Democratic county executive candidate Courtney Watson released her third policy platform on Monday, a multi-point plan on aging and providing support for the county’s senior citizens.
The platform is the second released by Watson’s campaign in less than a week. The County Council member from Ellicott City unveiled a list of economic priorities on Thursday to coincide with her participation in a Chamber of Commerce-hosted debate against opponent Allan Kittleman, a Republican state senator from West Friendship.
“We’re doing a lot, but I think that we must evolve and expand our method of aging in Howard County,” Watson told a roundtable of supporters and senior citizens at Vantage House in downtown Columbia Monday.
Howard County is already in the process of developing a master plan for its aging population, which is expected to balloon as the national number of Americans aged 65 and older more than doubles by 2025, according to U.S. Census Bureau estimates.
The bedrock of Watson’s plan is recognizing that, according to community surveys, “most people want to stay here.”
The goal, she said, “is to make Howard County a model community for aging.”
Watson’s platform proposes reimagining senior centers “as true hubs of life-long learning and resources” to get more seniors involved and instill a “feeling of being a vital part of the community.”
Among her ideas to make senior centers more vibrant are plans to establish volunteer hubs at senior centers to match older volunteers with organizations in need of assistance, creating a workforce development program for adults 50 years and older, broadcasting speakers and other programs to senior centers via the new Intercounty Broadband Network and expanding free AARP tax aid sessions.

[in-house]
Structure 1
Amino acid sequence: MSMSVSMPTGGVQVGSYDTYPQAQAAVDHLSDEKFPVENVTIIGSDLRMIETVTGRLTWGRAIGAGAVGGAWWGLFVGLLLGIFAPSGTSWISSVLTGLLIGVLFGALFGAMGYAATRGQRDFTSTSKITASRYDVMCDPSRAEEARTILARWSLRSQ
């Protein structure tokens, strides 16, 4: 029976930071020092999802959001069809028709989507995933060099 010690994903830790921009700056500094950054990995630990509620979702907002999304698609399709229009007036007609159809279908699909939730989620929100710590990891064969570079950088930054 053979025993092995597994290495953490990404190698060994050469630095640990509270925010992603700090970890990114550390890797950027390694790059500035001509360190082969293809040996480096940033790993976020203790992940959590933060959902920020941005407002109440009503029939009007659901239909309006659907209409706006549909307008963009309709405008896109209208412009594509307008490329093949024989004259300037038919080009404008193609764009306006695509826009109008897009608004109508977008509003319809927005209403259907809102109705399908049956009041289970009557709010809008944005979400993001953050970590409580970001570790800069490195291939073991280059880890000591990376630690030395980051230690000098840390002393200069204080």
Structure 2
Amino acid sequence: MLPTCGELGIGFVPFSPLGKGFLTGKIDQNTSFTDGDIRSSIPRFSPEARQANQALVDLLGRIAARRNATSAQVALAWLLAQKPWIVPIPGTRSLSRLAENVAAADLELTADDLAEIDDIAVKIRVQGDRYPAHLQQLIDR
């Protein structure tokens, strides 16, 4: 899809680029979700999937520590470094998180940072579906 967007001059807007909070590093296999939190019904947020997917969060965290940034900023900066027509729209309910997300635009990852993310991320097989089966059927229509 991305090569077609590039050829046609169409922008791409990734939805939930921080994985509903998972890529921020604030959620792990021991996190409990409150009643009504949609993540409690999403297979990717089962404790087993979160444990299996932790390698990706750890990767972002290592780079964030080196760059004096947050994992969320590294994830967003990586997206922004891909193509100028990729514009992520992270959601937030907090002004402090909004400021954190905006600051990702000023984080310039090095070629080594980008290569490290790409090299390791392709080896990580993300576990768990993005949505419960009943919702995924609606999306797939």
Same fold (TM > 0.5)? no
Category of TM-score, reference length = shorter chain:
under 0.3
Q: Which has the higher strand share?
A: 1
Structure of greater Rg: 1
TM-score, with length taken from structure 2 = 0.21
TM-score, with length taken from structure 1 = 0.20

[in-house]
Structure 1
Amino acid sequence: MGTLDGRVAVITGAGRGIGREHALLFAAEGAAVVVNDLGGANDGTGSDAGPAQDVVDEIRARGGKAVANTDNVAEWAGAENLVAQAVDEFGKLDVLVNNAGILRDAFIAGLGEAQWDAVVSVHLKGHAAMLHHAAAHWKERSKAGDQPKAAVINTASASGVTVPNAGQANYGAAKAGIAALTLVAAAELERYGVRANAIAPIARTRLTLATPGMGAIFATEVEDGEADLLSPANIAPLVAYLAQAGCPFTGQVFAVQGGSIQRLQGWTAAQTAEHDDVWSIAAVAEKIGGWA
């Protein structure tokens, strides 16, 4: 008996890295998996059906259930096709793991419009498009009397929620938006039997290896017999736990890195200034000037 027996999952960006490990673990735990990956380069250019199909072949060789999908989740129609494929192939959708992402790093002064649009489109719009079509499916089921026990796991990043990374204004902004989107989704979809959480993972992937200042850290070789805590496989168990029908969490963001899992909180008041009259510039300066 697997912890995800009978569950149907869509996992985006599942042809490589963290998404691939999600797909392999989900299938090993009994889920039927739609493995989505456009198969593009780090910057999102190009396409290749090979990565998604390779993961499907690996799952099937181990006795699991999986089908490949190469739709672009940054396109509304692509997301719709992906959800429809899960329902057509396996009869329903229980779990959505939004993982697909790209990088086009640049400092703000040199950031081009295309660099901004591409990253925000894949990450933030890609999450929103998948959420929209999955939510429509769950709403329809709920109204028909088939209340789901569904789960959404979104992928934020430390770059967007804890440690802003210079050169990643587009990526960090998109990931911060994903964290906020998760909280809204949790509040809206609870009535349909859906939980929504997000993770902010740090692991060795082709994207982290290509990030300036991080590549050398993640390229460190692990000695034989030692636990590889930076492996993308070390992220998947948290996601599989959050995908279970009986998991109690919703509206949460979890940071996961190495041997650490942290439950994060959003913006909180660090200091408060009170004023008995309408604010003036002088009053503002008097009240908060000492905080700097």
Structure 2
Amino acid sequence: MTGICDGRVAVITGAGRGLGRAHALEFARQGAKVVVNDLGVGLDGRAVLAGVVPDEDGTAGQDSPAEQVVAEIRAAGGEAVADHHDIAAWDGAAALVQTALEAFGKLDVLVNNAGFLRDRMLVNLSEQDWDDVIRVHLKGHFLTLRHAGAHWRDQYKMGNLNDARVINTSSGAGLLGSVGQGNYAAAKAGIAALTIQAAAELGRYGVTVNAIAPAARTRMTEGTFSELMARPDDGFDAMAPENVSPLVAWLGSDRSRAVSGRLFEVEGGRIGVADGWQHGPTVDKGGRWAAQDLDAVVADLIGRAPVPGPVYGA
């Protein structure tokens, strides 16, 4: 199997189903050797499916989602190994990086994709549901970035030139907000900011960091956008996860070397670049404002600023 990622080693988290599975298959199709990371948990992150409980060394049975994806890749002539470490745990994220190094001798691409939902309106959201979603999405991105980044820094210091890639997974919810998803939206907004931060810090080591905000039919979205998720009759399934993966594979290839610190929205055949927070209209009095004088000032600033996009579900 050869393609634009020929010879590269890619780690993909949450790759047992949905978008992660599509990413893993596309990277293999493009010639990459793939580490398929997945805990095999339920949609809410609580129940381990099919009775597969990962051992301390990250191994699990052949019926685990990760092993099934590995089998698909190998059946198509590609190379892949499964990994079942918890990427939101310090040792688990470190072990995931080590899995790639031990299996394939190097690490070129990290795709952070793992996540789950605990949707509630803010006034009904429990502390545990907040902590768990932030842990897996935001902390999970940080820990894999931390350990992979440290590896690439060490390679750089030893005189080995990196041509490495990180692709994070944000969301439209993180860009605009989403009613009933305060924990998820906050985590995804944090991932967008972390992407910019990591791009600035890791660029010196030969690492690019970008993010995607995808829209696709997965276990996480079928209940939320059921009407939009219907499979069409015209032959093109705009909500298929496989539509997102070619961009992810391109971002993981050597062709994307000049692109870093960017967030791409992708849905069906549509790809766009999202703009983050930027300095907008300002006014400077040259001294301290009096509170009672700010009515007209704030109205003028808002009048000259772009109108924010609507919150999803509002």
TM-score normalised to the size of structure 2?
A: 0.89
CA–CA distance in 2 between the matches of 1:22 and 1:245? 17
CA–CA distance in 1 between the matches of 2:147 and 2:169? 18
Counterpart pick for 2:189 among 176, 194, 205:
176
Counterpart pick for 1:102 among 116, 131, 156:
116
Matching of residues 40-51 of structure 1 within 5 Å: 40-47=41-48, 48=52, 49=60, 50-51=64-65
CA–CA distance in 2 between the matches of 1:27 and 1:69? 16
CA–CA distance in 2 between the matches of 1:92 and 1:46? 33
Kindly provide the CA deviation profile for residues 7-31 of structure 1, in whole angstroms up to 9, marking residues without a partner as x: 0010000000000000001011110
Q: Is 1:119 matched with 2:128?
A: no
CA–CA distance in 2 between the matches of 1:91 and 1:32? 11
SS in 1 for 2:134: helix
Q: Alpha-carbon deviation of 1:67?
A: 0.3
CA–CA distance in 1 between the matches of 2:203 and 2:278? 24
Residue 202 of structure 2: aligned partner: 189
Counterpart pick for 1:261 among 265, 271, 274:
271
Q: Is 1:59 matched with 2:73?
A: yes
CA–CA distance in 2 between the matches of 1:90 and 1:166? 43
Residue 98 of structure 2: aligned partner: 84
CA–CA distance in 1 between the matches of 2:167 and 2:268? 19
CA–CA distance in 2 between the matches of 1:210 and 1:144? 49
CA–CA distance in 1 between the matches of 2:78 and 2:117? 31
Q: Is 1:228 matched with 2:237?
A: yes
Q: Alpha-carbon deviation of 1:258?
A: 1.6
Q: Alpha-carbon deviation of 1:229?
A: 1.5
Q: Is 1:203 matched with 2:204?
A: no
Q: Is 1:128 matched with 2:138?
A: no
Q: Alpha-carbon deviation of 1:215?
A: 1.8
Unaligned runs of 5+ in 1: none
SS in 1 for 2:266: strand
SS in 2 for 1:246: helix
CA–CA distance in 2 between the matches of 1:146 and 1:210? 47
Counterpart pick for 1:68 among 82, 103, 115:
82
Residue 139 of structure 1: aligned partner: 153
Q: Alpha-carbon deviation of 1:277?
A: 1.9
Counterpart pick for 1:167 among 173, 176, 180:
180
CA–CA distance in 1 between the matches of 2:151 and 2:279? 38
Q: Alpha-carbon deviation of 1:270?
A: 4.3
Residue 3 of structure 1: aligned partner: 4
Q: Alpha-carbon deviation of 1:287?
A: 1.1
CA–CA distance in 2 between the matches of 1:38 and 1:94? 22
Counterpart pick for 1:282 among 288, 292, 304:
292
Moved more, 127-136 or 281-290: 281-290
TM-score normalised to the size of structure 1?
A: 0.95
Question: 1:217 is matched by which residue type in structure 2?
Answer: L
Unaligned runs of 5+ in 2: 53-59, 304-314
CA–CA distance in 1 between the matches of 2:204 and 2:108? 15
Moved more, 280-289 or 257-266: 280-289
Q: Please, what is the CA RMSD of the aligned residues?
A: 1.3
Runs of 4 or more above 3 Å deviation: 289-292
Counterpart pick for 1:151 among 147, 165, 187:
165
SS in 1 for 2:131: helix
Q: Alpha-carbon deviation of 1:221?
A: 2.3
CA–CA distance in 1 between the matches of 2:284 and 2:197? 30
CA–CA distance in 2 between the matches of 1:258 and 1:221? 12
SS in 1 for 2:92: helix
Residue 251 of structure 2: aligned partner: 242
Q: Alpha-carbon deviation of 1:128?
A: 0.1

Watson’s platform also focuses on expanding transportation opportunities for seniors as well as ensuring bus stops are accessible and sidewalks aren’t uneven or dangerous to walk on.
She said one idea, a proposal to provide free bus transportation to seniors aged 65 and older from 9 a.m. to 3 p.m. on Regional Transit Agency of Central Maryland buses, might be implemented before December.
Other components of Watson’s aging platform include encouraging moderately priced senior housing options in redevelopment areas, expanding support systems for caregivers and creating a resource commission to study the best ways of informing seniors about available county programs.
Watson also hinted that the county might soon form a partnership with an institution of higher learning, “which is very interested in helping us [develop] an aging model.”
At the roundtable, Watson stressed the importance of planning ahead: “We’re moving into the future. How do we best do that for Howard County?”